High Glanau Manor, Lydart
Mr and Mrs Hilary Gerrish
In 1923 Avray Tipping, the garden writer and architectural historian, built the house at High Glanau and laid out the garden. When Helena and Hilary Gerrish moved here they were determined to restore Tipping’s garden. The result is a wonderful Arts and Crafts garden with distant views over the Usk valley towards the Brecon Beacons. Double borders in white, blue and yellow lead away from the south side of the house, parallel to a lower Sedum walk. A restored wooden pergola ends the borders, behind which a wall coceals the vegetable garden and the large Edwardian glasshouse by Messenger & Co. To one side of the house retaining walls support perennial-clad terraces, between which steps run down to an octagonal water-lily pool.
Mr and Mrs Ross Murray
Elizabeth Murray’s family have lived at Llanover since 1792, when the bones of the garden, particularly the ponds, rill, the Round Garden and the landscaping of the park, were created. Later generations have added to the gardens, particularly in the planting of trees and shrubs, most notably Elizabeth’s father, Robin Herbert CBE, who was President of the RHS. Apart from the rich collection of spring-flowering Magnolias and Rhododendrons, the two arboreta in the garden have fine specimens of Taxodium, Davidia, Cornus, Acers, Nyssa and Liquidambar for autumn colour. The garden is blessed with abundant water which flows from the hills above to fill the ponds, pour over cascades, meander through the bog garden and eventually join the nearby River Usk. In summer the roses abound, and the bog garden is filled with Rodgersia, Persicaria, Iris and Primulas.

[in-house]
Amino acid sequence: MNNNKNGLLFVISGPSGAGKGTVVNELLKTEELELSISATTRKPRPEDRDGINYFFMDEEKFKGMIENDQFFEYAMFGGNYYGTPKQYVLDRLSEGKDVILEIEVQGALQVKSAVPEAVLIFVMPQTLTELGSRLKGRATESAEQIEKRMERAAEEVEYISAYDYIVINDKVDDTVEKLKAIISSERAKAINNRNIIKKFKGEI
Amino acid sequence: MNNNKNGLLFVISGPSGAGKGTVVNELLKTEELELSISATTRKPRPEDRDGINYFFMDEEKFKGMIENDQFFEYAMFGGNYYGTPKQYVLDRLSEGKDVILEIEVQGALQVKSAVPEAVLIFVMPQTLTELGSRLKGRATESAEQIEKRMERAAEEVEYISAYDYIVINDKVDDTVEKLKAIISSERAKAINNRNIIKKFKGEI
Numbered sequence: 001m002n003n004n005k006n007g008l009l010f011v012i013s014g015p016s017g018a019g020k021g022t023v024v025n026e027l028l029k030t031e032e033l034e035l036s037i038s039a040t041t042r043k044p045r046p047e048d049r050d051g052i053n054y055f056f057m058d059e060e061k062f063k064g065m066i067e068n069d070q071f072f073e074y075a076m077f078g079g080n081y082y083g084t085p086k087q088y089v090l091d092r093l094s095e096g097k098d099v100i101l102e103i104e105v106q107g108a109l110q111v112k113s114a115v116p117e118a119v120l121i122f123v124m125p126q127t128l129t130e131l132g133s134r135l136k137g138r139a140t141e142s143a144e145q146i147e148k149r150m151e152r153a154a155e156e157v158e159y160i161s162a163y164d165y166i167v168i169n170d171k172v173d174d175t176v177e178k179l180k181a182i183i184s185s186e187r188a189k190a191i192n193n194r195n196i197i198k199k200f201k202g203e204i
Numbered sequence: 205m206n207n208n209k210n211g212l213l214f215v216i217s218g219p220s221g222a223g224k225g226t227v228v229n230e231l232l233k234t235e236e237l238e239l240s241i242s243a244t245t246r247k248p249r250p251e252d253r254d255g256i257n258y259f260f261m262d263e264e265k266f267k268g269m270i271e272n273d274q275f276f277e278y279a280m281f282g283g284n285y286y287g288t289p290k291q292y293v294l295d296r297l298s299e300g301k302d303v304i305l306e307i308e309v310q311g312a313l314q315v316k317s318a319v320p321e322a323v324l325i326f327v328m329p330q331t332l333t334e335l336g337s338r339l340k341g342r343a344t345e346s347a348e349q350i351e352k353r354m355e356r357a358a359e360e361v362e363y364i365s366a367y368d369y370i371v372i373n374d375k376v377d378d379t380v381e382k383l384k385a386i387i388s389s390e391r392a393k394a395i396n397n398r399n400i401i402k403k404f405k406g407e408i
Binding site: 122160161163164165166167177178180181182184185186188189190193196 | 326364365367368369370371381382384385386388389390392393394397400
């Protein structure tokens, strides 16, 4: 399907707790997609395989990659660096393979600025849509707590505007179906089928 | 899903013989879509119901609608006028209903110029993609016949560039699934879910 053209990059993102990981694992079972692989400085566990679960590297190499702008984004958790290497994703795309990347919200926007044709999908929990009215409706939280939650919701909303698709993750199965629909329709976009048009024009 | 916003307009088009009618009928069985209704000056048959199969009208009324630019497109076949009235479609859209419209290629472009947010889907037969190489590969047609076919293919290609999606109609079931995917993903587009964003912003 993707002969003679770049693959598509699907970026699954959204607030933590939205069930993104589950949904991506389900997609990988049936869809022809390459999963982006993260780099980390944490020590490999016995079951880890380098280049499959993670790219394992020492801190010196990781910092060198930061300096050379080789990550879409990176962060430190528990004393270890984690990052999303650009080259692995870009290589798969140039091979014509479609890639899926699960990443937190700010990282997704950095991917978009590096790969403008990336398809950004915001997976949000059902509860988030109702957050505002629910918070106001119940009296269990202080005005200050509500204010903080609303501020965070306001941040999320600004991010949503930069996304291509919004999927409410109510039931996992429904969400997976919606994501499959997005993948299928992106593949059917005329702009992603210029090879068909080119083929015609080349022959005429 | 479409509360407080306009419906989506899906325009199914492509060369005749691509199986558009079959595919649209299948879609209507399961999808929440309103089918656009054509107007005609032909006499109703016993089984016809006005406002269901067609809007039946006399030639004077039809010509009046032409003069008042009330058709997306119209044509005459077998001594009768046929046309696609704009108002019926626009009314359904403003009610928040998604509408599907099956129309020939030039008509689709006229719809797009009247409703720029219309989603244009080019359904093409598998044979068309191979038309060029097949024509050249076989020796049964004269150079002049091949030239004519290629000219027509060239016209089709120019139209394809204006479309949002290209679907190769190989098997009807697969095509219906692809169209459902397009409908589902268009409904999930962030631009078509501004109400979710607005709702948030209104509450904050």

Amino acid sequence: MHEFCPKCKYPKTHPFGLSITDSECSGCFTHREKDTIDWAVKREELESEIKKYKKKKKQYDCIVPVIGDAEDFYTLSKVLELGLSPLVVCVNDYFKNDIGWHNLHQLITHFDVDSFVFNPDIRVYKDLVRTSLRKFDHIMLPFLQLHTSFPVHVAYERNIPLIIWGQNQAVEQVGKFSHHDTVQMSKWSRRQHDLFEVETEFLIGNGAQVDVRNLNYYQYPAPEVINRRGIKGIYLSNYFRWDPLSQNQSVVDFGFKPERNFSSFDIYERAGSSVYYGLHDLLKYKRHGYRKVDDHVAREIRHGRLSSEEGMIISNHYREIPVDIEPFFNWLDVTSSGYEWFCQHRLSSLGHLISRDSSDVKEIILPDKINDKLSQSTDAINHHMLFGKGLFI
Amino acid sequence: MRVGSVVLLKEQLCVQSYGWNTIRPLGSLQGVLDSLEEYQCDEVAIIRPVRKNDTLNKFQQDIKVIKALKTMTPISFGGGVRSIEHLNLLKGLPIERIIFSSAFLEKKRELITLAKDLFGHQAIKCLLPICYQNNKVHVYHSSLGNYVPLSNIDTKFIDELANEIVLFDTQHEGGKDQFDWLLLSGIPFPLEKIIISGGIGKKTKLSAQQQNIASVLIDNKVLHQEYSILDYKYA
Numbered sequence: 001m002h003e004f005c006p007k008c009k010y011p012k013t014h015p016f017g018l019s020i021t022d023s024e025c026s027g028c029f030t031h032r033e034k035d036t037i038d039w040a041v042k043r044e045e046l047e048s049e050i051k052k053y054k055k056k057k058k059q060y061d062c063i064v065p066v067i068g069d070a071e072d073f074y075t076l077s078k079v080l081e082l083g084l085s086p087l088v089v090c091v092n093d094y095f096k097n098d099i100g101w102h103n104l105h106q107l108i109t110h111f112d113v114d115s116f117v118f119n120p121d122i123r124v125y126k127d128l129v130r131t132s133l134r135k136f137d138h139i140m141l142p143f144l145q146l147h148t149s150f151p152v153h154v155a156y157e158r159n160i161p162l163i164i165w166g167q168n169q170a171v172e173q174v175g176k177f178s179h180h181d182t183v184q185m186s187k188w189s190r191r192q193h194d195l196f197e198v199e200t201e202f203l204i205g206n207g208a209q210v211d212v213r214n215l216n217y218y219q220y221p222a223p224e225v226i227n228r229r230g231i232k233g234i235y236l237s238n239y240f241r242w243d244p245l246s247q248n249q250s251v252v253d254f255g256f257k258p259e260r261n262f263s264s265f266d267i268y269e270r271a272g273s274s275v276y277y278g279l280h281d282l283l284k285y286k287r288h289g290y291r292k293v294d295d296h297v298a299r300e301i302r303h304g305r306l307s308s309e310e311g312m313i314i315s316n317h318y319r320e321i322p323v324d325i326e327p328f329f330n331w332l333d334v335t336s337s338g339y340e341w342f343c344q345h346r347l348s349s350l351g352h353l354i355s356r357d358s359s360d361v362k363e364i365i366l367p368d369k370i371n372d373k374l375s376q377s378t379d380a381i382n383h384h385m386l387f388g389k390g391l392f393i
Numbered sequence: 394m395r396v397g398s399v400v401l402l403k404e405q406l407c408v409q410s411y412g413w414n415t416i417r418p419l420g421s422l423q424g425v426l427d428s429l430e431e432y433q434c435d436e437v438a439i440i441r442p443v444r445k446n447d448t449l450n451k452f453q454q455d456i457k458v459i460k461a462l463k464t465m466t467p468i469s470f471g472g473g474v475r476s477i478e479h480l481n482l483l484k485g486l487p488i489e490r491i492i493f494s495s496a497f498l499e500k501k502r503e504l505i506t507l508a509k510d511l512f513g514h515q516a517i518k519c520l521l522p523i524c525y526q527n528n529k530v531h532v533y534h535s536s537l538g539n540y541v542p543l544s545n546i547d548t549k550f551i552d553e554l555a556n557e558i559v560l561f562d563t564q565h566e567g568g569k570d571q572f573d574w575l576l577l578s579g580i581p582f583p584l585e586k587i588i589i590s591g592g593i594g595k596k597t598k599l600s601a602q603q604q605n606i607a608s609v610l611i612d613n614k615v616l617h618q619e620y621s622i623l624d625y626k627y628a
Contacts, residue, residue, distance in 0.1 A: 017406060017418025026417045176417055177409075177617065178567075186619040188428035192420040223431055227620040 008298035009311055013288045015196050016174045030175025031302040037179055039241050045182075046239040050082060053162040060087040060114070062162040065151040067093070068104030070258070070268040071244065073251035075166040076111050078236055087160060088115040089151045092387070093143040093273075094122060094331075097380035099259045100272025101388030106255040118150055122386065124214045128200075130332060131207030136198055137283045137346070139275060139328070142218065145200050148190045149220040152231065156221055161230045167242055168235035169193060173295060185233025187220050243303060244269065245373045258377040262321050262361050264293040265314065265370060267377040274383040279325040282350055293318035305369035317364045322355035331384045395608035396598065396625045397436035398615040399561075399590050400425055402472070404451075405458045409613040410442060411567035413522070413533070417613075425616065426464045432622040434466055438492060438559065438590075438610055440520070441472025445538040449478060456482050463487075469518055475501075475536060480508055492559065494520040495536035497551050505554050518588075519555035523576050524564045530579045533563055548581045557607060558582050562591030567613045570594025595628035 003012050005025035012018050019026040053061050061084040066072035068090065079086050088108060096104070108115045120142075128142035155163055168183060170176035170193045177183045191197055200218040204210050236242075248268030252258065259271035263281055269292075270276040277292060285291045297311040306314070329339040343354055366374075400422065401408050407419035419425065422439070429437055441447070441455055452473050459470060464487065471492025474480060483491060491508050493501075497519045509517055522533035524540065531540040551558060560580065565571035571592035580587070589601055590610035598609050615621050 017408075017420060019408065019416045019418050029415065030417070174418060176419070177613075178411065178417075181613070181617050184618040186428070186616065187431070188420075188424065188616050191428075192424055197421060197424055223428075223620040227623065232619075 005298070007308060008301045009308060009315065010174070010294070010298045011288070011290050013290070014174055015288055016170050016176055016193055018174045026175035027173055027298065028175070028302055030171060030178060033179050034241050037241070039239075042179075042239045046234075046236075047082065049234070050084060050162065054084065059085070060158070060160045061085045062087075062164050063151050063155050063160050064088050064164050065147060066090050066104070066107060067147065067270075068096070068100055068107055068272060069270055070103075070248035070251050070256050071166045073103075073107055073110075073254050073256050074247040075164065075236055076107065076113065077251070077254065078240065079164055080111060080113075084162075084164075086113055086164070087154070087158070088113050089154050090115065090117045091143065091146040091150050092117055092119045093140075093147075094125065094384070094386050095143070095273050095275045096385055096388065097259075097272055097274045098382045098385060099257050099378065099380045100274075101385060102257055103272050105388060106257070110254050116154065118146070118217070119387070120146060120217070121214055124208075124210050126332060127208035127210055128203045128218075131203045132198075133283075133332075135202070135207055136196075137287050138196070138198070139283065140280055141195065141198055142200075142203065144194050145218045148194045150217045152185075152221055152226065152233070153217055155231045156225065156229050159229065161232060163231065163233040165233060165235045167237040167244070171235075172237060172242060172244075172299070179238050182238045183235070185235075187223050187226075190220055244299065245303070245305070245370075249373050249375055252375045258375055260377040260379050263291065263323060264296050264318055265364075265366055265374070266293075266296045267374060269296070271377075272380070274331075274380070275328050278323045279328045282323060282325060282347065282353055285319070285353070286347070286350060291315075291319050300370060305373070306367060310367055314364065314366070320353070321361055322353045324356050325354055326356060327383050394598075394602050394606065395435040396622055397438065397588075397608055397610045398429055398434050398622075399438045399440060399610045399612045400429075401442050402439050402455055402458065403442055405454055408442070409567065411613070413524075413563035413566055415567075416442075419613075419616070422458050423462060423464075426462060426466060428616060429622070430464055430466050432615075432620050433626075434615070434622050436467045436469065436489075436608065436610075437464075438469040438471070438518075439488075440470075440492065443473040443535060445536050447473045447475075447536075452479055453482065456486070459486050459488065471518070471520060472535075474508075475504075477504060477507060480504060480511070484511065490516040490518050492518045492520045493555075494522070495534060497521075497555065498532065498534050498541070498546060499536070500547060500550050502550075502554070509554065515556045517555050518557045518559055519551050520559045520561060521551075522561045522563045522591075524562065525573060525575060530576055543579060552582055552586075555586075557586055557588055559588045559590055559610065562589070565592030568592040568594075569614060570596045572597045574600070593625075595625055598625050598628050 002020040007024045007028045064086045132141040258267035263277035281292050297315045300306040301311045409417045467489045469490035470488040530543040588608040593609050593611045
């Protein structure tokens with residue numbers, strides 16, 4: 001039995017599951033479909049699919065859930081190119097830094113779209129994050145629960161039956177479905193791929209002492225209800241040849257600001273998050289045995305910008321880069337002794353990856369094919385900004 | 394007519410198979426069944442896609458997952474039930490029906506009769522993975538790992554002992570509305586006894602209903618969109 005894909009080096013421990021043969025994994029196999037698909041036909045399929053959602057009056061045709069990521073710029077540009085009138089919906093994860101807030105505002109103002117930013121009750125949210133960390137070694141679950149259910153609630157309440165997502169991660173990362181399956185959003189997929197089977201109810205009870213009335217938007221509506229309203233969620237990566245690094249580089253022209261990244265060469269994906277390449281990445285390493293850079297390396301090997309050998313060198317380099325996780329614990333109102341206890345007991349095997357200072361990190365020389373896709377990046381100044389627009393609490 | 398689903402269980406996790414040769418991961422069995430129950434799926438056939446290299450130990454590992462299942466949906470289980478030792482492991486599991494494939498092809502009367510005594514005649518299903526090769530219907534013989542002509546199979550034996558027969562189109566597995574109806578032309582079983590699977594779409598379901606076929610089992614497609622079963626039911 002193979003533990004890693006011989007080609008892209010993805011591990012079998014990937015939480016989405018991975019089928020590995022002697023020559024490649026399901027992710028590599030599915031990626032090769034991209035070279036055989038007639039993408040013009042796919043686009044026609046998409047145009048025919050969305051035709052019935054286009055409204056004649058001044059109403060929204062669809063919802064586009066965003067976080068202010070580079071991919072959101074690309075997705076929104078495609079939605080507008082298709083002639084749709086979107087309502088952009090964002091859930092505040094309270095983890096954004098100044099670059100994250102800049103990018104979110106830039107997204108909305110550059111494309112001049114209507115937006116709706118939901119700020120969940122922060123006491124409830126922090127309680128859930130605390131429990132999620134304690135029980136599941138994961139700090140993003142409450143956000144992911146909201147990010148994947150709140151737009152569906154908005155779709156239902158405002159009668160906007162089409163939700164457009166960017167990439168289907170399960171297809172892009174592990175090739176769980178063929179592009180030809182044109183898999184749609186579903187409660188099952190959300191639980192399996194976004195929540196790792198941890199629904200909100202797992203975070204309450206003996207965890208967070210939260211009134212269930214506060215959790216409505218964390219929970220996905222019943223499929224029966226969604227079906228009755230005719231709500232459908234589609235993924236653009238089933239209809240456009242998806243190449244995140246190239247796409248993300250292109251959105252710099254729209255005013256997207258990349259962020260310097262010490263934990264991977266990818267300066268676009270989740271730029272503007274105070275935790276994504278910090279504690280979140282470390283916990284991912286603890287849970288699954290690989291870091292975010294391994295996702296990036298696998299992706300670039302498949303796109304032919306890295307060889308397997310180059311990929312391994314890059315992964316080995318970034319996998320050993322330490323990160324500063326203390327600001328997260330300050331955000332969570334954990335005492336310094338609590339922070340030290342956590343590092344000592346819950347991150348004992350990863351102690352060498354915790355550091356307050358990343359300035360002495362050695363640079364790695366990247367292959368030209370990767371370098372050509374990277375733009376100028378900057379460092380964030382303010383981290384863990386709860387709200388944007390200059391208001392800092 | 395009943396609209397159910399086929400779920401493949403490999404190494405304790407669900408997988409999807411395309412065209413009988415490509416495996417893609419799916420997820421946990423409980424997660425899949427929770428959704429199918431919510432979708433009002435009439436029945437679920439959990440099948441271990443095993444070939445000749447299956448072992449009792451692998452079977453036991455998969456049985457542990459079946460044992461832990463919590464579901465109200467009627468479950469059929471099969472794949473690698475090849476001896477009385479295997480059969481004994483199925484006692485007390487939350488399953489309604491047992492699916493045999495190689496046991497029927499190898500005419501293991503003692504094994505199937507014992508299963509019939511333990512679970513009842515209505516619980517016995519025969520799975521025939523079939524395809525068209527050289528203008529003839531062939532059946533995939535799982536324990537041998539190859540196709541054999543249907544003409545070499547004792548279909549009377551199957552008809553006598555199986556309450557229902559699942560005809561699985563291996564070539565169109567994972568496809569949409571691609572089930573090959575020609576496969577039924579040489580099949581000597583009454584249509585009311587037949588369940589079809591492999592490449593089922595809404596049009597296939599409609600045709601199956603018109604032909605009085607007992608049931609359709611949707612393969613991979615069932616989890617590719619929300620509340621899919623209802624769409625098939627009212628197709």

Allt y bela, Llangwm Ucha, Usk
Arne Maynard Esq
Arne Maynard created a wonderfully formal garden of rooms around his first house in the Fens and here at Allt y bela, an isolated, tall, cinnamon-coloured, late-medieval farmhouse, reminiscent of a Borders’ Pele Tower, he is making a very different sort of garden. The house sits in a shallow valley and the garden is restrained and understated to allow the house and landscape to take centre stage. Yew cones and spheres punctuate the garden, beech is trimmed into spirals and tiered stands, box, clipped into organic shapes, create patterns in the wildflower bank. Beyond the highly productive vegetable garden, a stream fringed with marginals flows past fruit trees and then turns and runs in a controlled stone-walled trough past the house and away down the valley.